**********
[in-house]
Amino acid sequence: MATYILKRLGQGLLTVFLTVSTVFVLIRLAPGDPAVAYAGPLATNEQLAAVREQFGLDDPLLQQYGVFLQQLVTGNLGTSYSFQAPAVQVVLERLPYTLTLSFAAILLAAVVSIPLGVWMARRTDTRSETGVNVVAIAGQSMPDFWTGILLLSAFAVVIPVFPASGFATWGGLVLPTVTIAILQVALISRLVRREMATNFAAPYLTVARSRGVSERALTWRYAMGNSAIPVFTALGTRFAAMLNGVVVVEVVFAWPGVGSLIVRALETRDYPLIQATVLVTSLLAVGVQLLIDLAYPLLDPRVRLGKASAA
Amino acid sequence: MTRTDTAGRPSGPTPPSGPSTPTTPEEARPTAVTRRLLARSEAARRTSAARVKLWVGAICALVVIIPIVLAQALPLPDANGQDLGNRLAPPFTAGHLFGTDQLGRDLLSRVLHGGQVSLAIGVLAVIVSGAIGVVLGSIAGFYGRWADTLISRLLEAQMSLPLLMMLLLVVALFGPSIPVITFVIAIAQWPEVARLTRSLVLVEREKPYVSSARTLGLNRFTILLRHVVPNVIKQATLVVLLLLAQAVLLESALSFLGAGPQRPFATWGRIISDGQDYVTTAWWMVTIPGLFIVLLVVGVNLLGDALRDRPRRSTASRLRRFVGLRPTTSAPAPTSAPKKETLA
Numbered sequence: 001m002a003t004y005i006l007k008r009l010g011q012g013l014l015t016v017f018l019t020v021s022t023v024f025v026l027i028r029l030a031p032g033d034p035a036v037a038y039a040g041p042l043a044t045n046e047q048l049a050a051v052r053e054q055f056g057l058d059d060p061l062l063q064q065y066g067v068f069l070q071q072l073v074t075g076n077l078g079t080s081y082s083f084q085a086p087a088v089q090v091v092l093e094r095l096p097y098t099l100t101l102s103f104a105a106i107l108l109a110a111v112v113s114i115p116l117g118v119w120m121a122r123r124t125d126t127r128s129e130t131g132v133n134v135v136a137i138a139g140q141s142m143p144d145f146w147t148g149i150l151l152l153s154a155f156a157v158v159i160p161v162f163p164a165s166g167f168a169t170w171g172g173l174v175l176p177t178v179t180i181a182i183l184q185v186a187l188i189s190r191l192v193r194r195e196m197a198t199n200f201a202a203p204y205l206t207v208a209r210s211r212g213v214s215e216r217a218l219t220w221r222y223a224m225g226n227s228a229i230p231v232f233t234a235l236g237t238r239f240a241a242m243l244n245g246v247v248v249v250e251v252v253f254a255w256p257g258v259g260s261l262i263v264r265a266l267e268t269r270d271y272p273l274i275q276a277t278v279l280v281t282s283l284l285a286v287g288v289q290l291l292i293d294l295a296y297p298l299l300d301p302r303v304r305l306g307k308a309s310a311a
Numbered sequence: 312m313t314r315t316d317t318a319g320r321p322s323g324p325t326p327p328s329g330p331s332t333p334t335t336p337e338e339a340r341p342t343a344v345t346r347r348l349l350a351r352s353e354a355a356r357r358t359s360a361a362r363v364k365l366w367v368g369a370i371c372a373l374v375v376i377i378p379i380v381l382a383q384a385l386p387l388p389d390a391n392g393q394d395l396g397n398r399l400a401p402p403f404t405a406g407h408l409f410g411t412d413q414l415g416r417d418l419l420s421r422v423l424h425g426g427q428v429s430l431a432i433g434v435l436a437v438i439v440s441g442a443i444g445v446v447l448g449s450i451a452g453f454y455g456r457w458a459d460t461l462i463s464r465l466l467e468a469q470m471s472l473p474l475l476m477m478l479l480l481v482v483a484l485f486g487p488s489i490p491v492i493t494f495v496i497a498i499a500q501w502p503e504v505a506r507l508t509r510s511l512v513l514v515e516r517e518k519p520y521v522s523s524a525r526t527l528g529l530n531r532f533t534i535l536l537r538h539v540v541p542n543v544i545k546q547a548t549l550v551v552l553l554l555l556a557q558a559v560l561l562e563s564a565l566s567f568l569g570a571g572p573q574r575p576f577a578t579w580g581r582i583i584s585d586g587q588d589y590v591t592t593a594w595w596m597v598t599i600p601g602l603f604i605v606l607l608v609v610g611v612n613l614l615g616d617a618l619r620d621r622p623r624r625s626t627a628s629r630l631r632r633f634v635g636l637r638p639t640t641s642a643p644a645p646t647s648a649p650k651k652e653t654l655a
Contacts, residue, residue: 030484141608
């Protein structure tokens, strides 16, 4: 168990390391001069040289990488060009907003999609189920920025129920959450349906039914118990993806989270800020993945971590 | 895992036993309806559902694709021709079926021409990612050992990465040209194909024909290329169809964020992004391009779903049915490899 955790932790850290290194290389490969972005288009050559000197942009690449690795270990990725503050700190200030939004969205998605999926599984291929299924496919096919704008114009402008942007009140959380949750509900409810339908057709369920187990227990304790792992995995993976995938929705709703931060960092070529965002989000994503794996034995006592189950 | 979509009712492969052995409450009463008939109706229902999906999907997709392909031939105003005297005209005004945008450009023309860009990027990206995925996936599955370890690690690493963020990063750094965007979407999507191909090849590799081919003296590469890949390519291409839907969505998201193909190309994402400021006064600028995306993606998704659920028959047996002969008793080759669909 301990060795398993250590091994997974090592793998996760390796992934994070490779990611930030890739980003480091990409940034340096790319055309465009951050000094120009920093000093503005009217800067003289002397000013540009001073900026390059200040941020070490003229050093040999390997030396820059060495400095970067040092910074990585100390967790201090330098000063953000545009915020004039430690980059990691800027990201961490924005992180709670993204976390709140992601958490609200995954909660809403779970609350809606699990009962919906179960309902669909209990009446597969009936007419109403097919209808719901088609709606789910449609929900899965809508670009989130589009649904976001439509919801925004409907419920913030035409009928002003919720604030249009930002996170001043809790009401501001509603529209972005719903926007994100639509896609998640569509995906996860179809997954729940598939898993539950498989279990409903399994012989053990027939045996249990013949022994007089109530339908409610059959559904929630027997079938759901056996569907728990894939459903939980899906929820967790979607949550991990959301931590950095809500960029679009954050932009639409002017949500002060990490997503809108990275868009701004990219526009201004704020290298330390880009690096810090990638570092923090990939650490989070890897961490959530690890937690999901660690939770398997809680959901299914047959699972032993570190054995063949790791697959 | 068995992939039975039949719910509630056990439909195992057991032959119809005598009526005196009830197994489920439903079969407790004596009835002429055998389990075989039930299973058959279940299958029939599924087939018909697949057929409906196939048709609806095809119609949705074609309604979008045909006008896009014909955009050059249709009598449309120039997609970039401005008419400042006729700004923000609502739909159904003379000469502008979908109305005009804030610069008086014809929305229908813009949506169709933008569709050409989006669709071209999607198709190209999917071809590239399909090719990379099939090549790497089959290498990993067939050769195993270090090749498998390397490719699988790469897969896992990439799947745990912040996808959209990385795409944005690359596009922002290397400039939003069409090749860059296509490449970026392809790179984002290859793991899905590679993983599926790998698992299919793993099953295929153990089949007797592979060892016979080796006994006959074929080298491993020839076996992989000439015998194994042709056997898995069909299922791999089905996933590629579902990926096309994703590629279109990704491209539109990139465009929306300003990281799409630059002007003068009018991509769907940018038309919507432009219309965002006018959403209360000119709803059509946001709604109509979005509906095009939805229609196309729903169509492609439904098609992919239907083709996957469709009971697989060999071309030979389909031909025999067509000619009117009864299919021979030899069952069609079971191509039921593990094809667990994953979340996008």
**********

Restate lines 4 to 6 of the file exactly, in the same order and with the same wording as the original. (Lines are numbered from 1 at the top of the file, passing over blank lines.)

Numbered sequence: 001m002a003t004y005i006l007k008r009l010g011q012g013l014l015t016v017f018l019t020v021s022t023v024f025v026l027i028r029l030a031p032g033d034p035a036v037a038y039a040g041p042l043a044t045n046e047q048l049a050a051v052r053e054q055f056g057l058d059d060p061l062l063q064q065y066g067v068f069l070q071q072l073v074t075g076n077l078g079t080s081y082s083f084q085a086p087a088v089q090v091v092l093e094r095l096p097y098t099l100t101l102s103f104a105a106i107l108l109a110a111v112v113s114i115p116l117g118v119w120m121a122r123r124t125d126t127r128s129e130t131g132v133n134v135v136a137i138a139g140q141s142m143p144d145f146w147t148g149i150l151l152l153s154a155f156a157v158v159i160p161v162f163p164a165s166g167f168a169t170w171g172g173l174v175l176p177t178v179t180i181a182i183l184q185v186a187l188i189s190r191l192v193r194r195e196m197a198t199n200f201a202a203p204y205l206t207v208a209r210s211r212g213v214s215e216r217a218l219t220w221r222y223a224m225g226n227s228a229i230p231v232f233t234a235l236g237t238r239f240a241a242m243l244n245g246v247v248v249v250e251v252v253f254a255w256p257g258v259g260s261l262i263v264r265a266l267e268t269r270d271y272p273l274i275q276a277t278v279l280v281t282s283l284l285a286v287g288v289q290l291l292i293d294l295a296y297p298l299l300d301p302r303v304r305l306g307k308a309s310a311a
Numbered sequence: 312m313t314r315t316d317t318a319g320r321p322s323g324p325t326p327p328s329g330p331s332t333p334t335t336p337e338e339a340r341p342t343a344v345t346r347r348l349l350a351r352s353e354a355a356r357r358t359s360a361a362r363v364k365l366w367v368g369a370i371c372a373l374v375v376i377i378p379i380v381l382a383q384a385l386p387l388p389d390a391n392g393q394d395l396g397n398r399l400a401p402p403f404t405a406g407h408l409f410g411t412d413q414l415g416r417d418l419l420s421r422v423l424h425g426g427q428v429s430l431a432i433g434v435l436a437v438i439v440s441g442a443i444g445v446v447l448g449s450i451a452g453f454y455g456r457w458a459d460t461l462i463s464r465l466l467e468a469q470m471s472l473p474l475l476m477m478l479l480l481v482v483a484l485f486g487p488s489i490p491v492i493t494f495v496i497a498i499a500q501w502p503e504v505a506r507l508t509r510s511l512v513l514v515e516r517e518k519p520y521v522s523s524a525r526t527l528g529l530n531r532f533t534i535l536l537r538h539v540v541p542n543v544i545k546q547a548t549l550v551v552l553l554l555l556a557q558a559v560l561l562e563s564a565l566s567f568l569g570a571g572p573q574r575p576f577a578t579w580g581r582i583i584s585d586g587q588d589y590v591t592t593a594w595w596m597v598t599i600p601g602l603f604i605v606l607l608v609v610g611v612n613l614l615g616d617a618l619r620d621r622p623r624r625s626t627a628s629r630l631r632r633f634v635g636l637r638p639t640t641s642a643p644a645p646t647s648a649p650k651k652e653t654l655a
Contacts, residue, residue: 030484141608